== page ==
So powerful was this Damascus Road experience that it drove him into obedience in surrendering to the ministry. 15 days after that fateful afternoon, Luther entered the Monastery. Once, while visiting his father and mother, Luther noticed his dad in a very agitated state. It was an awkward moment because many guests had come over for some sort of party. Luther wanted to know what was bothering his dad. Luther’s father couldn’t control his frustration and confronted him about his choice to leave studying Law to become a priest. Who will take care of your mother and I when we are old? People stopped talking; all attention was turned to this father and son. Luther told his dad the story he had repeated to them many times before: You know that God spoke to me in the thunder.
In this ministry he would wear the habit of a monk. Even after he left the monastery he still wore the clothes of a monk. He did so for 19 years.
As Luther looked back on that experience he called it a ‘flagrant sin’. He did two things wrong: he didn’t listen to his father and he entered the ministry out of fear. Nevertheless, it was God’s will and he knew it.
Luther had no grasp of the grace of God – not at that time. He understood himself to be a sinner and his conscience always got the best of him. I think it was what made him a good monk. Luther always seemed to have a fear of facing God. And serving as a Monk might assuage the anger of God toward this sinner.
- When lightning struck near him, he cried out to St. Anne to save him. He was genuinely afraid of dying – and even more of facing God and the certain judgment he would suffer.
- When he began to serve in his congregation, he panicked in his first presentation of communion. How can a lowly pigmy like me stand before a perfect and holy God? (His words, not mine)
- He would be so overcome with fear as he offered the communion to his parishioners that he just about couldn’t finish the task.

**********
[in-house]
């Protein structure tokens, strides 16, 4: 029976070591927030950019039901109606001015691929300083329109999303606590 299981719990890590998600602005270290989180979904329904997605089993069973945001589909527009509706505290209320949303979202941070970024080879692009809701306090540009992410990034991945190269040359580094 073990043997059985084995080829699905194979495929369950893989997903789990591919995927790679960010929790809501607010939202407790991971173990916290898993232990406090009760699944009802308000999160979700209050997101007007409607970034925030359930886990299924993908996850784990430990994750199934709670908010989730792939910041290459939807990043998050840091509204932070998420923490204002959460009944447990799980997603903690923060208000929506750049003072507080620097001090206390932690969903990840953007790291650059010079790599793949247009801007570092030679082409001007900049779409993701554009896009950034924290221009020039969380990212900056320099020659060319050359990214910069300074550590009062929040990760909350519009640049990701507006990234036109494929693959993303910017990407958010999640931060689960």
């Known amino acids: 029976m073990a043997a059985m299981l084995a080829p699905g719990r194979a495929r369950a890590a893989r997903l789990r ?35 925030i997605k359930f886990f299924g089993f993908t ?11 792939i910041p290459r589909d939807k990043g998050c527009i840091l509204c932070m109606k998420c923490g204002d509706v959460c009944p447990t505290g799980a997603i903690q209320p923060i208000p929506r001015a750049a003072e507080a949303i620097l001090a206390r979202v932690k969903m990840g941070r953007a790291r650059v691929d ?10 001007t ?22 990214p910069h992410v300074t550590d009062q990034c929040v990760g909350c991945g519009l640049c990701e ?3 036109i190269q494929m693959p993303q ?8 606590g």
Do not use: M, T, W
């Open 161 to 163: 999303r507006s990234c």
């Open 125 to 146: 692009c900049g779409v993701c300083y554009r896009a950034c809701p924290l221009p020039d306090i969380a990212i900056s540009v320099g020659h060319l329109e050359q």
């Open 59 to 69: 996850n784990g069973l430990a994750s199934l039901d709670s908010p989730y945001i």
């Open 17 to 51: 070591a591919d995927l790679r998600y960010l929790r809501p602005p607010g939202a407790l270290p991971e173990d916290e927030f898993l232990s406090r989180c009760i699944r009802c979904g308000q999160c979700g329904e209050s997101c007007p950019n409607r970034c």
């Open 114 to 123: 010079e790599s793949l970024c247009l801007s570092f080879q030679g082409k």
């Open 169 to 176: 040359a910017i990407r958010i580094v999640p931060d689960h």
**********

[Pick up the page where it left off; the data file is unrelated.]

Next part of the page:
- While in the monastery, Luther would fast for days. He would sleep through the cold nights without any clothes or covering. His sin was always before him and he wanted to ‘work’ it out of him – always trying to do penance for his sins.
You see, that was the Catholic way. Do Penance. i.e.: work for your forgiveness. That is one of the reasons the Catholic Church didn’t want the Greek or Hebrew Bibles to be translated or to be used by priests. Instead, they preferred the Jerome’s Latin. In Greek and Hebrew you would translate the word repent. However, in Latin, that same word was translated: do penance.
Luther would later write: I was a good monk. I kept the rule of my order so strictly that I may say that if ever a monk got to heaven by his monkery it was I. All my brothers in the monastery who knew me bear me out. If I had kept on any longer, I should have killed myself with visuals, prayers, readings, and other work.
Many have speculated as to what great sins Luther had committed that drove him to such great lengths to atone for his sinful thoughts. But I think that to be foolish. Too often we impose what sins beset us upon others who struggle. I think Luther’s struggle with sin was pretty balanced and that this balance of sin in every direction consumed him. As far as Luther could see it, God could not be satisfied at any point. God was perfectly holy and Luther was overwhelmingly sinful.
This continued to plague his conscience even after he took up a teaching position at Wittenburg. He would hound the priests at confession and they would complain that he was giving them his life story. Luther was so concerned about his sin before God, that he wanted to ensure he left no sin un-confessed. He wanted to ensure that he had been forgiven of every sin he’d ever committed.